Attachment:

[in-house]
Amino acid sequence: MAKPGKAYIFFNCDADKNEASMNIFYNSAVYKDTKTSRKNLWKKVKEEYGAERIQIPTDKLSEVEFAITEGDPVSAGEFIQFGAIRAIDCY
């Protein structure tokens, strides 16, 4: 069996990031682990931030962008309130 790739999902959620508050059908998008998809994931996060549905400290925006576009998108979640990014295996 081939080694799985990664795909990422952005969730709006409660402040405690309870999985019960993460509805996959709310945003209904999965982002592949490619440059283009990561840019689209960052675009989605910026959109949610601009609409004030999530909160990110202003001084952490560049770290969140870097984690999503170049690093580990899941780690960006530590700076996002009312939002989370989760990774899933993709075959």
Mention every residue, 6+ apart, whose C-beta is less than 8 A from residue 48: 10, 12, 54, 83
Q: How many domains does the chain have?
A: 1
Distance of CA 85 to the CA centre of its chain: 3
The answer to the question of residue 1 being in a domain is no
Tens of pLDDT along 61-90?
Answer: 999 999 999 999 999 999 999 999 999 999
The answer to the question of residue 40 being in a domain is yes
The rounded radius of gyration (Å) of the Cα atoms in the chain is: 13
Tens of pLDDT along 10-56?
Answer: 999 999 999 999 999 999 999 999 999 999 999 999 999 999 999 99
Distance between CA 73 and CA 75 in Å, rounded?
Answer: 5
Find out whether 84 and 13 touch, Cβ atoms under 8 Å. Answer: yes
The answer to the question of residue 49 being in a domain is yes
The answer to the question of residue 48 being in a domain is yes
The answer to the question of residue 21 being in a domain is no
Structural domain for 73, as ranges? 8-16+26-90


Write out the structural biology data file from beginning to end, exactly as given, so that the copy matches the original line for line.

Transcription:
[in-house]
Amino acid sequence: MAKPGKAYIFFNCDADKNEASMNIFYNSAVYKDTKTSRKNLWKKVKEEYGAERIQIPTDKLSEVEFAITEGDPVSAGEFIQFGAIRAIDCY
């Protein structure tokens, strides 16, 4: 069996990031682990931030962008309130 790739999902959620508050059908998008998809994931996060549905400290925006576009998108979640990014295996 081939080694799985990664795909990422952005969730709006409660402040405690309870999985019960993460509805996959709310945003209904999965982002592949490619440059283009990561840019689209960052675009989605910026959109949610601009609409004030999530909160990110202003001084952490560049770290969140870097984690999503170049690093580990899941780690960006530590700076996002009312939002989370989760990774899933993709075959």
Mention every residue, 6+ apart, whose C-beta is less than 8 A from residue 48: 10, 12, 54, 83
Q: How many domains does the chain have?
A: 1
Distance of CA 85 to the CA centre of its chain: 3
The answer to the question of residue 1 being in a domain is no
Tens of pLDDT along 61-90?
Answer: 999 999 999 999 999 999 999 999 999 999
The answer to the question of residue 40 being in a domain is yes
The rounded radius of gyration (Å) of the Cα atoms in the chain is: 13
Tens of pLDDT along 10-56?
Answer: 999 999 999 999 999 999 999 999 999 999 999 999 999 999 999 99
Distance between CA 73 and CA 75 in Å, rounded?
Answer: 5
Find out whether 84 and 13 touch, Cβ atoms under 8 Å. Answer: yes
The answer to the question of residue 49 being in a domain is yes
The answer to the question of residue 48 being in a domain is yes
The answer to the question of residue 21 being in a domain is no
Structural domain for 73, as ranges? 8-16+26-90